WANIMTON. D..


To the President of the Senate and the
Speaker of the House of Representatives

     This report assesses the concepts of the Internal
Revenue Service's proposed computer system known as the
Tax Administration System and its potential for providing
protection for personal information. Further, the report
evaluates the existing safeguards that have been identi-
fied for continuation under the proposed system. We made
this review because of the extensive congressional con-
cern for protection of individual privacy.

     We made our review pursuant to the Budget and
Accounting Act, 1921 (31 U.S.C. 53) and the Accounting
and Auditing Act of 1950 (31 U.S.C. 67).

     Copies of this report are being sent to the Director,
Office of Management and Budget; the Secretary of the
Treasury; the Commissioner of Internal Revenue! and the
Administrator of General Servic

                                  Comptroller General
                                  of the United States
                      C o n t e n t s

DIGEST                                                    i


   1      INTRODUCTION                                    1
              Mission and organization of the
                Internal Revenue Service                  1
              Overview of current information
                handling activities                       1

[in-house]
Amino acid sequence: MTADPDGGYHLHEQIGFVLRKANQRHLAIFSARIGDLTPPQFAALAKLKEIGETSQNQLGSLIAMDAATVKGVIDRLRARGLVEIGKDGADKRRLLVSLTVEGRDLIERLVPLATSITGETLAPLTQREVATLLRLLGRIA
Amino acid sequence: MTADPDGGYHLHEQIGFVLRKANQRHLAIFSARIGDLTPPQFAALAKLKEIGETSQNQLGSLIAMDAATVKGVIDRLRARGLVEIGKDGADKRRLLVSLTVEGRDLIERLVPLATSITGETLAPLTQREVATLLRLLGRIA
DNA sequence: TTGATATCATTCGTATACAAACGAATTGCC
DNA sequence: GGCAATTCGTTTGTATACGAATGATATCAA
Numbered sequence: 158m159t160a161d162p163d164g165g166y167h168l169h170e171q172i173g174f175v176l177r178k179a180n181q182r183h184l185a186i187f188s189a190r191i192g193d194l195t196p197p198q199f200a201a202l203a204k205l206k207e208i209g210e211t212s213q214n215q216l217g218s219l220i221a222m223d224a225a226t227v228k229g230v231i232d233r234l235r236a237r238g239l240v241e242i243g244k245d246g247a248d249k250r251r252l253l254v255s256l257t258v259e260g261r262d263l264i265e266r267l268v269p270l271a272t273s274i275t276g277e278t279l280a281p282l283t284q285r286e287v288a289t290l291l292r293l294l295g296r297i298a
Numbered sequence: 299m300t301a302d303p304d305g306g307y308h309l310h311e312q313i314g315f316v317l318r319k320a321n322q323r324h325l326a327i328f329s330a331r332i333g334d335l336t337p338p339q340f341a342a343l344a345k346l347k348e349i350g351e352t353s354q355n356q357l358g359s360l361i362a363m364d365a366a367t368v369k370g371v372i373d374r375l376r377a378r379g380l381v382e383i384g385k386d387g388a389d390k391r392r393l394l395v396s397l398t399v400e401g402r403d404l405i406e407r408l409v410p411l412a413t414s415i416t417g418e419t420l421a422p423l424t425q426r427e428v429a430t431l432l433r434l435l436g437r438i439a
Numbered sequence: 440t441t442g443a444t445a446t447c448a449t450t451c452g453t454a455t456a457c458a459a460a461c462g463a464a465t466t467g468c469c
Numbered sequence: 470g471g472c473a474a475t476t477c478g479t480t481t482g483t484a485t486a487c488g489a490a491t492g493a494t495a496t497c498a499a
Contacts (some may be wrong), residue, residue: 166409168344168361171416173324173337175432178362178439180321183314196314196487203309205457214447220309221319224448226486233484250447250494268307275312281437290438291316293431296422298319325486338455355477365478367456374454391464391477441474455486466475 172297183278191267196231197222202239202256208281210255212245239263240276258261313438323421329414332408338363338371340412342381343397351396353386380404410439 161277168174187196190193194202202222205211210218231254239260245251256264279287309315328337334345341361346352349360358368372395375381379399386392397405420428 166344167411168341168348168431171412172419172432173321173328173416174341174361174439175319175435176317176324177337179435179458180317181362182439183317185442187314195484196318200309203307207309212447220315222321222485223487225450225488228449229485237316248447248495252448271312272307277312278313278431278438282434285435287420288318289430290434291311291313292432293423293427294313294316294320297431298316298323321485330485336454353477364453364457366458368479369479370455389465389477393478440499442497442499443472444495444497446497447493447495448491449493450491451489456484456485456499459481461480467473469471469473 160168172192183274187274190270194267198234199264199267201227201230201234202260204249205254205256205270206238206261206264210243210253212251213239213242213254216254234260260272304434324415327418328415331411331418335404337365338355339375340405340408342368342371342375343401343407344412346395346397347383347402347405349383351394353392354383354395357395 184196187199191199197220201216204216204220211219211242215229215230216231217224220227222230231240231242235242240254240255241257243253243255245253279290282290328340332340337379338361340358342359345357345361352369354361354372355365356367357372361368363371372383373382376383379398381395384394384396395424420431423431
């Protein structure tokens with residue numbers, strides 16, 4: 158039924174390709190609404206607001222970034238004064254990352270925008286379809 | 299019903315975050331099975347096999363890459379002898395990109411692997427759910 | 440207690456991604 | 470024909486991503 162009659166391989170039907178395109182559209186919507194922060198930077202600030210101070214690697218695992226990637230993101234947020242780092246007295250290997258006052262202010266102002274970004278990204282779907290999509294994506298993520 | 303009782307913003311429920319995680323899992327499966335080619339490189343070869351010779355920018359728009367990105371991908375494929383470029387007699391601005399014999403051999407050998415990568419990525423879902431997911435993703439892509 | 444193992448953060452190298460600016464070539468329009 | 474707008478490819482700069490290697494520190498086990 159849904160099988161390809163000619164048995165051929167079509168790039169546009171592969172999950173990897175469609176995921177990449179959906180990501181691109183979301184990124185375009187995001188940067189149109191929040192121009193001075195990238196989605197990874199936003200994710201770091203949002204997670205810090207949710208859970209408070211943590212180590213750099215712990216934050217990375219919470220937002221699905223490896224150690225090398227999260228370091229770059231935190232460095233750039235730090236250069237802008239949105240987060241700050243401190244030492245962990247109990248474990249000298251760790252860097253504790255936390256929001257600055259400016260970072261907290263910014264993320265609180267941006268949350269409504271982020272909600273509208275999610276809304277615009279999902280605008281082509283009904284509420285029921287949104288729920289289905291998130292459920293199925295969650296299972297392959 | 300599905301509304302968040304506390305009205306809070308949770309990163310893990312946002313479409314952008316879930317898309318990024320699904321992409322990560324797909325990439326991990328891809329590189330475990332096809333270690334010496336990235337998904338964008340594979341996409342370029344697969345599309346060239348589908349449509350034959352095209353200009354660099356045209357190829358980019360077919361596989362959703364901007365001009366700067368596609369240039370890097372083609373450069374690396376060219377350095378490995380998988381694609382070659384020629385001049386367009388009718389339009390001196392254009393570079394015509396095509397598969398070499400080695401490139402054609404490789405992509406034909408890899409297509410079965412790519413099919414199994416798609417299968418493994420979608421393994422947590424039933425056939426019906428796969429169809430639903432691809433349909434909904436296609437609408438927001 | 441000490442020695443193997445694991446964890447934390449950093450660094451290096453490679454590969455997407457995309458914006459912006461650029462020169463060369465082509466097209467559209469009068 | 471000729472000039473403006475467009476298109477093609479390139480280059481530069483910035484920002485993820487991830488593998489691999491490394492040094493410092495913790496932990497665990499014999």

The proposed Tax Administration
                System (TAS)                              2
              Legal Requirements                          2

            AND DATA SECURITY                             4
              The TAS operating concept                   4
              Computer security in the TAS
                environment                               6
              Analyzing the threats                       7
              Security in a realtime transaction
                system                                    8
              Conclusions                                 9

   3      TECHNICAL CONTROLS                             10
              Data terminal access controls              10
              Controls over access to tax information    11
              Controls over assignment and use of
                command codes                            13
              Computer program integrity                 14
              Data processing documentation              15
              Conclusion                                 15
              Recommendations to the Commissioner of
                Internal Revenue                         16
              Agency comments and actions                17
   4      ADMINISTRATIVE CONTROLS                        18
              Background investigations                  18
              Controls over information storage          20
              Conclusion                                 21
              Recommendations to the Commissioner of
                Internal Revenue                         22
              Agency comments and actions                22

             FACILITIES                                     24
               Perimeter protection                         24
               Access controls                              25
               Physical control over trash disposal         26
               Conclusion                                   27
               Recommendation to the Commissioner of
                 Internal Revenue                           27
               Agency comments and actions                  27